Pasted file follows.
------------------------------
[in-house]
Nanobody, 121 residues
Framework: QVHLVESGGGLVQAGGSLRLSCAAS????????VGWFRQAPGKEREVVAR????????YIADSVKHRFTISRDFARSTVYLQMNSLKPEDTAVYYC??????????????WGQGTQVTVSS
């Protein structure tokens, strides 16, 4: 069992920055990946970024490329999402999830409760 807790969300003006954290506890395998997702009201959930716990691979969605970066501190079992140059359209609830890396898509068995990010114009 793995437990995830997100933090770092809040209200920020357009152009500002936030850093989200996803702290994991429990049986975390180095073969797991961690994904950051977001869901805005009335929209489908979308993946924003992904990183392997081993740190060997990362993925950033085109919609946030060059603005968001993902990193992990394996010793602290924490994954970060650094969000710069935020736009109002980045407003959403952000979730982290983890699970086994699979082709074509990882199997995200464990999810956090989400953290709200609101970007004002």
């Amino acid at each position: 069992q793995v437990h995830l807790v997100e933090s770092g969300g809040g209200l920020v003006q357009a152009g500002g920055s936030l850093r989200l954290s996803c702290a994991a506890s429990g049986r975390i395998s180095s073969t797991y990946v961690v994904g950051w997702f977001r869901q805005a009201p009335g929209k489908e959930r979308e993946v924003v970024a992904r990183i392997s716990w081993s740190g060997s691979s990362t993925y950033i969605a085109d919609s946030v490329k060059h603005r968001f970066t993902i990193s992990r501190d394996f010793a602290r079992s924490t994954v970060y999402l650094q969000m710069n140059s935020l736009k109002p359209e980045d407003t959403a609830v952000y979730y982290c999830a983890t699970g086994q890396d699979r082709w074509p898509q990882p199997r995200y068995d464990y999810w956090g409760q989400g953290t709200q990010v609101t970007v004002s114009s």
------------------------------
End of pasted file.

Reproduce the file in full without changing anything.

[in-house]
Nanobody, 121 residues
Framework: QVHLVESGGGLVQAGGSLRLSCAAS????????VGWFRQAPGKEREVVAR????????YIADSVKHRFTISRDFARSTVYLQMNSLKPEDTAVYYC??????????????WGQGTQVTVSS
């Protein structure tokens, strides 16, 4: 069992920055990946970024490329999402999830409760 807790969300003006954290506890395998997702009201959930716990691979969605970066501190079992140059359209609830890396898509068995990010114009 793995437990995830997100933090770092809040209200920020357009152009500002936030850093989200996803702290994991429990049986975390180095073969797991961690994904950051977001869901805005009335929209489908979308993946924003992904990183392997081993740190060997990362993925950033085109919609946030060059603005968001993902990193992990394996010793602290924490994954970060650094969000710069935020736009109002980045407003959403952000979730982290983890699970086994699979082709074509990882199997995200464990999810956090989400953290709200609101970007004002």
């Amino acid at each position: 069992q793995v437990h995830l807790v997100e933090s770092g969300g809040g209200l920020v003006q357009a152009g500002g920055s936030l850093r989200l954290s996803c702290a994991a506890s429990g049986r975390i395998s180095s073969t797991y990946v961690v994904g950051w997702f977001r869901q805005a009201p009335g929209k489908e959930r979308e993946v924003v970024a992904r990183i392997s716990w081993s740190g060997s691979s990362t993925y950033i969605a085109d919609s946030v490329k060059h603005r968001f970066t993902i990193s992990r501190d394996f010793a602290r079992s924490t994954v970060y999402l650094q969000m710069n140059s935020l736009k109002p359209e980045d407003t959403a609830v952000y979730y982290c999830a983890t699970g086994q890396d699979r082709w074509p898509q990882p199997r995200y068995d464990y999810w956090g409760q989400g953290t709200q990010v609101t970007v004002s114009s």